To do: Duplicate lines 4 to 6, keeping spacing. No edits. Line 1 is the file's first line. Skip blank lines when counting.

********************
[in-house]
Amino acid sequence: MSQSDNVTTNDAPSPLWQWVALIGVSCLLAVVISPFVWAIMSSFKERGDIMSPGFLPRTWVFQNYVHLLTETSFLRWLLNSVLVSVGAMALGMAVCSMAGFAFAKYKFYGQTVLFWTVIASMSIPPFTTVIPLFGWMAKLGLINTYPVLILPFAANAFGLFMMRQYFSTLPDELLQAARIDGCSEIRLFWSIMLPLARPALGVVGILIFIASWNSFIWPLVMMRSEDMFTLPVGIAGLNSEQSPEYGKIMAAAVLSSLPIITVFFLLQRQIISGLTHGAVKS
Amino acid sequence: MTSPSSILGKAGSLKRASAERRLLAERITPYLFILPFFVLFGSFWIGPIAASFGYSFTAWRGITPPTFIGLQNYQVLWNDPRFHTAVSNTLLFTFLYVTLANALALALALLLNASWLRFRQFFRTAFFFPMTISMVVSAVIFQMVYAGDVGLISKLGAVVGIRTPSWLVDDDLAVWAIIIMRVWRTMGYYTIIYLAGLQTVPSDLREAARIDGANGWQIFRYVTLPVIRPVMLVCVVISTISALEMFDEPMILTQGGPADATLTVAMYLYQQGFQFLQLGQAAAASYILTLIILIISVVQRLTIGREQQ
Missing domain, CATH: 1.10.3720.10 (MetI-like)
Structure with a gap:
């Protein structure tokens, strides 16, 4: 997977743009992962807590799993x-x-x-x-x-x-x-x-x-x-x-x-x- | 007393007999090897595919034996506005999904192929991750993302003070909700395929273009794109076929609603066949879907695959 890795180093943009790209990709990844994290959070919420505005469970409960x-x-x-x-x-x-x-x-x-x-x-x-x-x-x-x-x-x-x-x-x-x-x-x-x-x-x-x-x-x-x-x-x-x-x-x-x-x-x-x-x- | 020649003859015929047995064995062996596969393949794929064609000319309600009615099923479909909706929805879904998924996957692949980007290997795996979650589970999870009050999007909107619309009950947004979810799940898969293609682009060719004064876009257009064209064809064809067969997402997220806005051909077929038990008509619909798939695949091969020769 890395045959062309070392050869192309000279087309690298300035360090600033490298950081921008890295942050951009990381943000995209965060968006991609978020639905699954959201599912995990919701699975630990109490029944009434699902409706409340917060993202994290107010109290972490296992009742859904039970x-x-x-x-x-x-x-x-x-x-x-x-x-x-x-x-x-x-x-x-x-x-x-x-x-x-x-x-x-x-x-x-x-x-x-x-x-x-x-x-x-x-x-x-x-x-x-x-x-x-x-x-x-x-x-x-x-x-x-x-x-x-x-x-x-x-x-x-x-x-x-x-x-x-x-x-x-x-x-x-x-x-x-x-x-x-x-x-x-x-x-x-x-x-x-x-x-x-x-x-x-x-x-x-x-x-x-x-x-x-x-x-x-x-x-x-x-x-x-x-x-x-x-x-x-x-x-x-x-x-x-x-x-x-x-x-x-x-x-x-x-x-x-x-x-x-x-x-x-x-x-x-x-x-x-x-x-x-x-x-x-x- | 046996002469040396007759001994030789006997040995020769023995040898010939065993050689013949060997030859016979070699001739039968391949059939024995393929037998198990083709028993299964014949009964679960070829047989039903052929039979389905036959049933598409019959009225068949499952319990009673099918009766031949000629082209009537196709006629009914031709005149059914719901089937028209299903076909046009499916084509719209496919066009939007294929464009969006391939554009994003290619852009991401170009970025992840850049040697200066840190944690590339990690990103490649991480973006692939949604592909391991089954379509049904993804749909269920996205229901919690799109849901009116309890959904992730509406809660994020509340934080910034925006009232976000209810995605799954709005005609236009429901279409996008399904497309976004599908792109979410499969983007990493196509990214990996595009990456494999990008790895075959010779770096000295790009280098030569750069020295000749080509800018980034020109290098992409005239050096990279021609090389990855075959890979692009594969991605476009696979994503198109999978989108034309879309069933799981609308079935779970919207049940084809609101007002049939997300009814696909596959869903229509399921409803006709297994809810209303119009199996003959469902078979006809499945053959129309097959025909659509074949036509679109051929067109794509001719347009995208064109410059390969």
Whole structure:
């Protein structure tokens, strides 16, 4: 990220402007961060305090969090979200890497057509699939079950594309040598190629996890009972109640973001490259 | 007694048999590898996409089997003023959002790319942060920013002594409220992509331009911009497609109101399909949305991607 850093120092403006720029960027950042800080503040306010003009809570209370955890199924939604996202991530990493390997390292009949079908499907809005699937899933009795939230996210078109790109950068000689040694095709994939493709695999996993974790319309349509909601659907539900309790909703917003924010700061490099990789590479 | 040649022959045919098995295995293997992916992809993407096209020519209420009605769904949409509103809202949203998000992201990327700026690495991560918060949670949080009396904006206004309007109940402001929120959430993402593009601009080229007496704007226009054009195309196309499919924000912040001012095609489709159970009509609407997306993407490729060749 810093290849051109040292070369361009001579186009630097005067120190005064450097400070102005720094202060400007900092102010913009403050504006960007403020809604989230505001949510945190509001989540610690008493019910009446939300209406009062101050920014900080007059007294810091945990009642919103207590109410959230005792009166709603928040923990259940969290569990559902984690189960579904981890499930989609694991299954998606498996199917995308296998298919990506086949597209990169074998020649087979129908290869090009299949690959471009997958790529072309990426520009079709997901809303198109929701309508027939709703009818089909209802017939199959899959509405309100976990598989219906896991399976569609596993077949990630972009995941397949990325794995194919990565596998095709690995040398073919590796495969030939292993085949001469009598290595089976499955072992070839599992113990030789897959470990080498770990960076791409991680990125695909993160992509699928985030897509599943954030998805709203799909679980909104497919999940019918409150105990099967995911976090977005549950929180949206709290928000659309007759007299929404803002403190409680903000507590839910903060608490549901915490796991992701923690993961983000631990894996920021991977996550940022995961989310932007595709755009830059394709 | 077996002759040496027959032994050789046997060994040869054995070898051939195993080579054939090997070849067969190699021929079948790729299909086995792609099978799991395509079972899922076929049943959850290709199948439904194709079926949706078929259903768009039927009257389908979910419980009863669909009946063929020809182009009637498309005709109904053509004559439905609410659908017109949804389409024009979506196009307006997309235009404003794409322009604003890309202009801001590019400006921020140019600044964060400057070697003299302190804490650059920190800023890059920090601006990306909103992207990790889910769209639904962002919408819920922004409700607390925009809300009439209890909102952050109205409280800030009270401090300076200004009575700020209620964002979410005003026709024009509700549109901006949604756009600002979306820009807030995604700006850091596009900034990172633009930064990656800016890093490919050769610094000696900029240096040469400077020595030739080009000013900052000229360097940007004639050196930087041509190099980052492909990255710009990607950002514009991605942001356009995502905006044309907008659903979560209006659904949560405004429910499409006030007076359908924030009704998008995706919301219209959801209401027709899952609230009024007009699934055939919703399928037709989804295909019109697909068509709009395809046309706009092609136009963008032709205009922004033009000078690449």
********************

Missing domain, CATH: 1.10.3720.10 (MetI-like)
Structure with a gap:
């Protein structure tokens, strides 16, 4: 997977743009992962807590799993x-x-x-x-x-x-x-x-x-x-x-x-x- | 007393007999090897595919034996506005999904192929991750993302003070909700395929273009794109076929609603066949879907695959 890795180093943009790209990709990844994290959070919420505005469970409960x-x-x-x-x-x-x-x-x-x-x-x-x-x-x-x-x-x-x-x-x-x-x-x-x-x-x-x-x-x-x-x-x-x-x-x-x-x-x-x-x- | 020649003859015929047995064995062996596969393949794929064609000319309600009615099923479909909706929805879904998924996957692949980007290997795996979650589970999870009050999007909107619309009950947004979810799940898969293609682009060719004064876009257009064209064809064809067969997402997220806005051909077929038990008509619909798939695949091969020769 890395045959062309070392050869192309000279087309690298300035360090600033490298950081921008890295942050951009990381943000995209965060968006991609978020639905699954959201599912995990919701699975630990109490029944009434699902409706409340917060993202994290107010109290972490296992009742859904039970x-x-x-x-x-x-x-x-x-x-x-x-x-x-x-x-x-x-x-x-x-x-x-x-x-x-x-x-x-x-x-x-x-x-x-x-x-x-x-x-x-x-x-x-x-x-x-x-x-x-x-x-x-x-x-x-x-x-x-x-x-x-x-x-x-x-x-x-x-x-x-x-x-x-x-x-x-x-x-x-x-x-x-x-x-x-x-x-x-x-x-x-x-x-x-x-x-x-x-x-x-x-x-x-x-x-x-x-x-x-x-x-x-x-x-x-x-x-x-x-x-x-x-x-x-x-x-x-x-x-x-x-x-x-x-x-x-x-x-x-x-x-x-x-x-x-x-x-x-x-x-x-x-x-x-x-x-x-x-x-x-x- | 046996002469040396007759001994030789006997040995020769023995040898010939065993050689013949060997030859016979070699001739039968391949059939024995393929037998198990083709028993299964014949009964679960070829047989039903052929039979389905036959049933598409019959009225068949499952319990009673099918009766031949000629082209009537196709006629009914031709005149059914719901089937028209299903076909046009499916084509719209496919066009939007294929464009969006391939554009994003290619852009991401170009970025992840850049040697200066840190944690590339990690990103490649991480973006692939949604592909391991089954379509049904993804749909269920996205229901919690799109849901009116309890959904992730509406809660994020509340934080910034925006009232976000209810995605799954709005005609236009429901279409996008399904497309976004599908792109979410499969983007990493196509990214990996595009990456494999990008790895075959010779770096000295790009280098030569750069020295000749080509800018980034020109290098992409005239050096990279021609090389990855075959890979692009594969991605476009696979994503198109999978989108034309879309069933799981609308079935779970919207049940084809609101007002049939997300009814696909596959869903229509399921409803006709297994809810209303119009199996003959469902078979006809499945053959129309097959025909659509074949036509679109051929067109794509001719347009995208064109410059390969």